Does your child’s school have an active working garden?
Research is repeatedly showing how critical school gardens are to your child’s health and overall educational experience. Not only will your child learn science and math… which is great for his/her brain, but your child will also reap the benefits of fresh air, exercise, and exposure to direct sun light! Not to mention, there will be good fruits and veggies to consume!
Here are 5 extraordinary benefits of having a school garden:
1. Help increase Vitamin D levels. With reduced recess and lack of outdoor play, children’s Vitamin D levels are falling across the board. One of the best and free sources of Vitamin D is… the SUN! And Vitamin D is turning out to be a potent cancer fighter. Actively engaging in the school garden for 20 minutes is a great way for your child to get that much needed Vitamin D!
2. Increase the new-age Vitamin “G” – green space. In a recent published article for the National Recreation and Park Association, Dr. Francis Kuo of the University of Illinois, Urbana-Champaign, “found that children with ADHD who went for 20-minute walks in park settings performed as well on concentration tests afterwards as children who received common ADHD medications.” Outstanding!
3. Seasonal, local, organic and whole (SLOW). There is no denying the research behind SLOW foods and their superior nutritional benefits over packaged, processed, cooked foods. “Studies have shown that fresh produce loses nutrients quickly during transportation. During the trip from harvest to dinner table, sugars turn to starches, plant cells shrink, and produce loses its vitality.” Eating fresh from the garden preserves more the vital nutrients, which helps build healthy cells in your child’s body.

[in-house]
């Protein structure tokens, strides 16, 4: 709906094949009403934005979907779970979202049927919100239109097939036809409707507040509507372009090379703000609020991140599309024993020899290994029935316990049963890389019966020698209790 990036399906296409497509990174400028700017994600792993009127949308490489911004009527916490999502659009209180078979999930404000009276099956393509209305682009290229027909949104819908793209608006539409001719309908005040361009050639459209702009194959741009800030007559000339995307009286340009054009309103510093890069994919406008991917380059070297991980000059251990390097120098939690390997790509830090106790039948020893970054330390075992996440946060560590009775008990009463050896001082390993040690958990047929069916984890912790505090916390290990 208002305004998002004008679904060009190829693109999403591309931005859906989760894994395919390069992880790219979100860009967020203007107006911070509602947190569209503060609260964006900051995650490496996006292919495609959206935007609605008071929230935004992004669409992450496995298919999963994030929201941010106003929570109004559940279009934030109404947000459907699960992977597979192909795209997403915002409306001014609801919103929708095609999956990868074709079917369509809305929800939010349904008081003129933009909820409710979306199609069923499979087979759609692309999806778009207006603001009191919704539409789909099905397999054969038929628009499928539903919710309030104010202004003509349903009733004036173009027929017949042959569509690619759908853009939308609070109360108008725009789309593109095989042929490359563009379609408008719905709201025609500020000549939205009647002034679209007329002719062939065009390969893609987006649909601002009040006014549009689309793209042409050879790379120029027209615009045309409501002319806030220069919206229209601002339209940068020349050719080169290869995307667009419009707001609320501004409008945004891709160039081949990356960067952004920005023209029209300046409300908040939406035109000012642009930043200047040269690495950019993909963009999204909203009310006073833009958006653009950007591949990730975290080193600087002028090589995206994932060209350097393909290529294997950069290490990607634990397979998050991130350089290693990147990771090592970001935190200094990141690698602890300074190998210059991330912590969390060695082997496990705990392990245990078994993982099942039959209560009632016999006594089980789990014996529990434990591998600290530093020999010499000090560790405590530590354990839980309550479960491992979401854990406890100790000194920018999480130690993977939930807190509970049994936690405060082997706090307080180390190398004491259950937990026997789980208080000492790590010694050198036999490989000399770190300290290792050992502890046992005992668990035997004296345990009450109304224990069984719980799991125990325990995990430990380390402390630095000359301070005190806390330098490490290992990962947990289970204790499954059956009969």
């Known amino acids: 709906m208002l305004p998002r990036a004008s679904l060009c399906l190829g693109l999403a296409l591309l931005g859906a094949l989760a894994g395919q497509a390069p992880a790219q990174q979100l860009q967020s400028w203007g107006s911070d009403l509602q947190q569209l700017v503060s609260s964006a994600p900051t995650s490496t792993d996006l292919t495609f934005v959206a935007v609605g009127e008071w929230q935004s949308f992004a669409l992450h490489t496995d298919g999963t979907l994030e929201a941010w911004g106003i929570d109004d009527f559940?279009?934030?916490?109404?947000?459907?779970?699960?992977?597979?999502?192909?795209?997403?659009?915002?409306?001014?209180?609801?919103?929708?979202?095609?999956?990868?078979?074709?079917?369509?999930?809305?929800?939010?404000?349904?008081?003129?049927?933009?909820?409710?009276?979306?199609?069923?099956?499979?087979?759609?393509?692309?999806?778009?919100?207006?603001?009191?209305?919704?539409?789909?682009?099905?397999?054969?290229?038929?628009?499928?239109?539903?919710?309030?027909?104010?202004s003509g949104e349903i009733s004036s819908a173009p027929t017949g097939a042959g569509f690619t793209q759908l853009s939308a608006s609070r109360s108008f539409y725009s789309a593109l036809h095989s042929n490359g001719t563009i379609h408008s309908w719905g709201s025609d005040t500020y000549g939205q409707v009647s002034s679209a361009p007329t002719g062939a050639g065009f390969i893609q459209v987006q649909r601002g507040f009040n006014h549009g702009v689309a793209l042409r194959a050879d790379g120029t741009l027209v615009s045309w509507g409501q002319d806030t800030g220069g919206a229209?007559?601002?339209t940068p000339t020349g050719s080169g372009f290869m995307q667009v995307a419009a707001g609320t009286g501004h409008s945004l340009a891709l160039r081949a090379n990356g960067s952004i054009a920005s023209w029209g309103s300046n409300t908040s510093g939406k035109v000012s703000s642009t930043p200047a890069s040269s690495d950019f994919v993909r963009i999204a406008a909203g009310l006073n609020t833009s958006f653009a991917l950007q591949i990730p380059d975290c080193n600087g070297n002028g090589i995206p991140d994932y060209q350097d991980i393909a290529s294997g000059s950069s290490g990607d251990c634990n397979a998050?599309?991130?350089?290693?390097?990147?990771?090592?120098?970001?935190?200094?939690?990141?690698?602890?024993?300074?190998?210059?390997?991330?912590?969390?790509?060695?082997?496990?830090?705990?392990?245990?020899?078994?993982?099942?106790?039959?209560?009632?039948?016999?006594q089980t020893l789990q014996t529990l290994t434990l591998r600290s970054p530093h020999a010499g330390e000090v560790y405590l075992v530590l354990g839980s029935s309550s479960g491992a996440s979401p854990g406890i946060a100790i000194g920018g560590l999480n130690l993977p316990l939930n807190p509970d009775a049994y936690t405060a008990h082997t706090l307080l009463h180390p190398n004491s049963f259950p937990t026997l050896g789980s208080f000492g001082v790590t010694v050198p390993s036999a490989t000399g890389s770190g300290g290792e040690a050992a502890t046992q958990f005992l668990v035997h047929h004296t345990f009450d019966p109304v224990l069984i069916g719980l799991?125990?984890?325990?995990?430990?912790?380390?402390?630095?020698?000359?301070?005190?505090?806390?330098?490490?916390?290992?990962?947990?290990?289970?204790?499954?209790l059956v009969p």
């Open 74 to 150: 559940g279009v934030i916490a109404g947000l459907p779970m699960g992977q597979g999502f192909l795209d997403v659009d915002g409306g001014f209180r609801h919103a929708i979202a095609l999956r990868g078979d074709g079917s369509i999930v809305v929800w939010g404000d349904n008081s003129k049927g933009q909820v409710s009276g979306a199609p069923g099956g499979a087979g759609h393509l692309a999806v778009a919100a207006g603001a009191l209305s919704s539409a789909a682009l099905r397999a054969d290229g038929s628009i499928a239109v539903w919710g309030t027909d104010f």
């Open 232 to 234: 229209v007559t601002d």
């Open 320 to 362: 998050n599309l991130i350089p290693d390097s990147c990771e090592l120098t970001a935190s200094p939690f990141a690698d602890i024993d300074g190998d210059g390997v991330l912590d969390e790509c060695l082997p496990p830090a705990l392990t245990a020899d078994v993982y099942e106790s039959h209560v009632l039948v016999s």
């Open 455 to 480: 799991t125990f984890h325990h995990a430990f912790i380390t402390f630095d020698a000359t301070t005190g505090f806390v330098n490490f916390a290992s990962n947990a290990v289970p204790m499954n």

4. Children like to eat what they grow! There is nothing quite like putting a seed in the ground, watching those first two leaves sprout up and eventually seeing the results of tender love and care of a plant that grows and blooms. Curiosity is an inherent facet of all children… and they are far more likely to be more curious and taste a fruit of vegetable they helped grow.
5. Gardening is physical exercise! Planting, composting, weeding and watering all take physical effort. With fewer and fewer minutes of playground time and less outdoor activities by children in general, the incorporation of a school garden can extent children’s physical activity during any given school day.